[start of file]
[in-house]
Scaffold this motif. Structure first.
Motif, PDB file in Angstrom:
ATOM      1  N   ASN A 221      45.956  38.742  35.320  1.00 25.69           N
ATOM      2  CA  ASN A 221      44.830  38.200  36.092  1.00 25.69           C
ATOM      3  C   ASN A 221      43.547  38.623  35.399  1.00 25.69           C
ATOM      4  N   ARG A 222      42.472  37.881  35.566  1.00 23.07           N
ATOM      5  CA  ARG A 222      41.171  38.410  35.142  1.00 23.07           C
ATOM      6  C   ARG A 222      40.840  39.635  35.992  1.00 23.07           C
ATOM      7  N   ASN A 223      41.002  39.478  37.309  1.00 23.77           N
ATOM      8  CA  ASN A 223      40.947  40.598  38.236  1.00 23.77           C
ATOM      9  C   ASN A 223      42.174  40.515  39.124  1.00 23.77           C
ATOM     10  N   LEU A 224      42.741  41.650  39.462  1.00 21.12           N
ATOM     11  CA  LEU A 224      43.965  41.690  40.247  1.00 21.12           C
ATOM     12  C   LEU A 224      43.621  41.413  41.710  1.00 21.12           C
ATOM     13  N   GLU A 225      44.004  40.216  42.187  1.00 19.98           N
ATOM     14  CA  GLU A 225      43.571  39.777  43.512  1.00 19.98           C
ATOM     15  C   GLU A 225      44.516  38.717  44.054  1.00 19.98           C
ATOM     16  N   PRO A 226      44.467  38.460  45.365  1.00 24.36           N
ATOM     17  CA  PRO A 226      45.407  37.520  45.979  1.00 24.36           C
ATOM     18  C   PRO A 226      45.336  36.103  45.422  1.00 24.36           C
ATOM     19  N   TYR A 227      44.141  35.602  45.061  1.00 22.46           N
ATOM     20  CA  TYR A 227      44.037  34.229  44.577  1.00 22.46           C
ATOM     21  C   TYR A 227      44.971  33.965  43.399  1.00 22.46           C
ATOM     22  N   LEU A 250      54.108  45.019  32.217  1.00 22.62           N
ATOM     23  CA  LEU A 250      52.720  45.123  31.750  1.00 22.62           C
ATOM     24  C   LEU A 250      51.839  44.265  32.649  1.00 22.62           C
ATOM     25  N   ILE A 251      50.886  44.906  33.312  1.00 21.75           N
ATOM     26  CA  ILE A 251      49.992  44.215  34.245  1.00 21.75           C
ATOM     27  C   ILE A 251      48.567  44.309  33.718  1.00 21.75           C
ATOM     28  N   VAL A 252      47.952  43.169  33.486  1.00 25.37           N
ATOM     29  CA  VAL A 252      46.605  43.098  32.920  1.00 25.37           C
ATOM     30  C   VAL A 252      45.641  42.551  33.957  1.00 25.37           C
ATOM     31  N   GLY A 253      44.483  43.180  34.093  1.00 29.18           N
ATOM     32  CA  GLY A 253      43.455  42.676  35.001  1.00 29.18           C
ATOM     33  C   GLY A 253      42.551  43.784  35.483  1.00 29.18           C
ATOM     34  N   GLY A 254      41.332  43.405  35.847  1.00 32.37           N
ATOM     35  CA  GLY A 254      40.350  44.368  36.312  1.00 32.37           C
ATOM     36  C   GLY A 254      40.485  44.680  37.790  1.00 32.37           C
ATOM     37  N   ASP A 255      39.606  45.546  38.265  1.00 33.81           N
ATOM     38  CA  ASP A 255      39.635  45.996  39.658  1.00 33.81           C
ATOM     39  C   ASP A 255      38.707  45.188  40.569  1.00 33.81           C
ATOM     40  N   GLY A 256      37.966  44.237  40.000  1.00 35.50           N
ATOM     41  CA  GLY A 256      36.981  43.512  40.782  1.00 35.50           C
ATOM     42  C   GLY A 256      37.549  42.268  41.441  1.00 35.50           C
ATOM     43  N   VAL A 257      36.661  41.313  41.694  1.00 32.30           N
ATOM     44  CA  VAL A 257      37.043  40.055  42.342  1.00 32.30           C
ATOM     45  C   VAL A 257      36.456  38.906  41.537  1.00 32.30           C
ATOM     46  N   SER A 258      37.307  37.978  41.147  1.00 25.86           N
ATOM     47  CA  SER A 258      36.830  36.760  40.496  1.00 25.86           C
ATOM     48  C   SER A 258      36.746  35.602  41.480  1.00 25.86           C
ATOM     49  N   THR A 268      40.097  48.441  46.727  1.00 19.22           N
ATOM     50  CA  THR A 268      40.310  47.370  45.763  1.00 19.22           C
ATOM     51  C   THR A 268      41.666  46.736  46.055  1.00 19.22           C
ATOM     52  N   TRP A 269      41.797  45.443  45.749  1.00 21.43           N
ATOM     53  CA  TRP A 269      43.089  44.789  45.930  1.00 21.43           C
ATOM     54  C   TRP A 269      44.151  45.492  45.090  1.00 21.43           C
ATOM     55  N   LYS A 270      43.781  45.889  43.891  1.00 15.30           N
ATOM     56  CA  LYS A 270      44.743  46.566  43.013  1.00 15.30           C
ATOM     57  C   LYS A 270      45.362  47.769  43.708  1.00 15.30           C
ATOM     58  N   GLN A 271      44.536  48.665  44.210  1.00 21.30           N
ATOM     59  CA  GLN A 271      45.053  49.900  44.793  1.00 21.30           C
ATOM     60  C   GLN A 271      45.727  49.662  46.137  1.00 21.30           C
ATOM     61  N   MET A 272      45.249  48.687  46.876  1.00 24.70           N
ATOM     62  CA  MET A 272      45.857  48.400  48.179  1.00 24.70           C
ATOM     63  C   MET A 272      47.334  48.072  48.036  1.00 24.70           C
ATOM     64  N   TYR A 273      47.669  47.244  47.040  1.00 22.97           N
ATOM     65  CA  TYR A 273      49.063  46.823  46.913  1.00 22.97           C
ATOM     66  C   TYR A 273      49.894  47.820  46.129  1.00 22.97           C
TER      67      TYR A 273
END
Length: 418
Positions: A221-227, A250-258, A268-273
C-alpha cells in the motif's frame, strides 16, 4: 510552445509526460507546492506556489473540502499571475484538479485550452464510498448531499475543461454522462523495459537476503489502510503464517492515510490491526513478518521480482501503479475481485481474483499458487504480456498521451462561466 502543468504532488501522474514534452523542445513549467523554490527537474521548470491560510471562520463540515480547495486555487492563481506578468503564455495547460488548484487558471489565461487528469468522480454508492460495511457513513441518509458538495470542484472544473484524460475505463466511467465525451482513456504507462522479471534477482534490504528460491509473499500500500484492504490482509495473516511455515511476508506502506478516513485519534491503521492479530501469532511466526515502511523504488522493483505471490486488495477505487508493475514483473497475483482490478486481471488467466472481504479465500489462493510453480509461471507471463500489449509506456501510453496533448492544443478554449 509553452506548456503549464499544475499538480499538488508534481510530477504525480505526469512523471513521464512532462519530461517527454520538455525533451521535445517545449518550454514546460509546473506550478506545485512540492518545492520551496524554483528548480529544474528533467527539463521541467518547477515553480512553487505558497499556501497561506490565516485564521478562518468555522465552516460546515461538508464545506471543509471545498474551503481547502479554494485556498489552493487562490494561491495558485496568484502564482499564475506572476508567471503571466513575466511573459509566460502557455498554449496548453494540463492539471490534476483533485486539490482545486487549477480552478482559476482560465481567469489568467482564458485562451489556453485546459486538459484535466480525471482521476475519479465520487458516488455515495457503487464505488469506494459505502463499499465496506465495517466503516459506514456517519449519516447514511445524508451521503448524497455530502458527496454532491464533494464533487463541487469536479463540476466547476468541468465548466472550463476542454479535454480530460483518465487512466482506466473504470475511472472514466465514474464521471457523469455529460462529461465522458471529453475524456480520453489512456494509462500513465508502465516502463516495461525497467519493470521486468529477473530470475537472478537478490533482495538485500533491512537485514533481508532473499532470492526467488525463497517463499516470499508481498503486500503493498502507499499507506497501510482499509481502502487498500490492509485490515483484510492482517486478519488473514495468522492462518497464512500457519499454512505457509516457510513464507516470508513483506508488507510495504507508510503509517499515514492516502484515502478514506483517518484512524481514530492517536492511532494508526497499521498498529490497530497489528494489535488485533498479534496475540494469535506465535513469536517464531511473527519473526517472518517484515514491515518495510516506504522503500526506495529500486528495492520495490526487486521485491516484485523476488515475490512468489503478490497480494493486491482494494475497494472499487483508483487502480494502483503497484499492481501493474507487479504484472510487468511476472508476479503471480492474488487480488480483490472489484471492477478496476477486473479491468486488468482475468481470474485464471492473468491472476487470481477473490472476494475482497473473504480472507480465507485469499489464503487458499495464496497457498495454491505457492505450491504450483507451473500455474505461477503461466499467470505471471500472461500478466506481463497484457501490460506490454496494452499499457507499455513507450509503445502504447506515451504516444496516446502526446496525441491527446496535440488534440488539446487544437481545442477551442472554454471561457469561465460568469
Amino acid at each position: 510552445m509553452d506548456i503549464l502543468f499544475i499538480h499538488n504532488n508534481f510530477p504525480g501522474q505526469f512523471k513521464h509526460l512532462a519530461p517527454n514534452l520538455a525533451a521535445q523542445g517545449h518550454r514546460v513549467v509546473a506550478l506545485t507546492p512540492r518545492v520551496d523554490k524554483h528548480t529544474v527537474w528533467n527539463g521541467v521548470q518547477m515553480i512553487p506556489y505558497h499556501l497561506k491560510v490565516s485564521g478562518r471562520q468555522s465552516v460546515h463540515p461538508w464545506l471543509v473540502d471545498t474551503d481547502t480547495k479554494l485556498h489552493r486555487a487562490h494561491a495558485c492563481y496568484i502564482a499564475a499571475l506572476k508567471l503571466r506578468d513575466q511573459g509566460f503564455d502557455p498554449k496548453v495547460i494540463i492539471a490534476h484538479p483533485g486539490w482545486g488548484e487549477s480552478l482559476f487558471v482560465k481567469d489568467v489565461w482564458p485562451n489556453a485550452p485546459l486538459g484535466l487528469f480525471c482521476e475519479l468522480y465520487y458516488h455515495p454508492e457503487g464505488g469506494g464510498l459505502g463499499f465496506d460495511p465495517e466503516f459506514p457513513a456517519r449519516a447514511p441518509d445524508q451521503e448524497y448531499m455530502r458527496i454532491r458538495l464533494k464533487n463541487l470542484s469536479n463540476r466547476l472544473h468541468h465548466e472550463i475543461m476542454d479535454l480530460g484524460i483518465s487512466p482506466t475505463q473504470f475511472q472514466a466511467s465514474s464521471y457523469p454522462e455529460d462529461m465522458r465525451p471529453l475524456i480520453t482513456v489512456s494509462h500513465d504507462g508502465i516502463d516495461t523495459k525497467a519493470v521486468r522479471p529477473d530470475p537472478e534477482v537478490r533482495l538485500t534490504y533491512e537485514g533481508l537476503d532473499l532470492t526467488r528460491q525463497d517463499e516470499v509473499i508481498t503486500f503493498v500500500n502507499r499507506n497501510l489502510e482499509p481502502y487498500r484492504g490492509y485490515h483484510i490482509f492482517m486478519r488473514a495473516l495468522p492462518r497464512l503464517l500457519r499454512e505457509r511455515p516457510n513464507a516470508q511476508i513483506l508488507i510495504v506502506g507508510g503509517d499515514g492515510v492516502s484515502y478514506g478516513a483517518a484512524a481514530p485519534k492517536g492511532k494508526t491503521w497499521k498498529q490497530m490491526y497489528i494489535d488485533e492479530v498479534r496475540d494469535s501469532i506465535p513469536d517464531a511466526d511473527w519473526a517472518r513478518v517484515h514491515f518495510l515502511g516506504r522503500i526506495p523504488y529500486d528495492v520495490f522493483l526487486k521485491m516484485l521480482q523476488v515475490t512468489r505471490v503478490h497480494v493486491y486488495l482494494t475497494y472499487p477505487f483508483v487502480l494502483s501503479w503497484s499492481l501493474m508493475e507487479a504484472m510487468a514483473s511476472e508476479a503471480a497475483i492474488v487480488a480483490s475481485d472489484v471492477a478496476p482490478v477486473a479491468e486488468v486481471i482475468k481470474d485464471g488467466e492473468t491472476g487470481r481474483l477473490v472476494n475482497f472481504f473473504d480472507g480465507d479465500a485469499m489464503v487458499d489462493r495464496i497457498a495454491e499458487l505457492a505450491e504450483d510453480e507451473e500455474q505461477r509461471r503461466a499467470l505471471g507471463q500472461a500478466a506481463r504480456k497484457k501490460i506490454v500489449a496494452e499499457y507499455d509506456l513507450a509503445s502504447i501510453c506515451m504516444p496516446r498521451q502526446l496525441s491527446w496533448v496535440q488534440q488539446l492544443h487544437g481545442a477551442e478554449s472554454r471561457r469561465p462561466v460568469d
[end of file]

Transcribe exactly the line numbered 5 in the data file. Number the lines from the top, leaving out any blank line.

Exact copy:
ATOM      2  CA  ASN A 221      44.830  38.200  36.092  1.00 25.69           C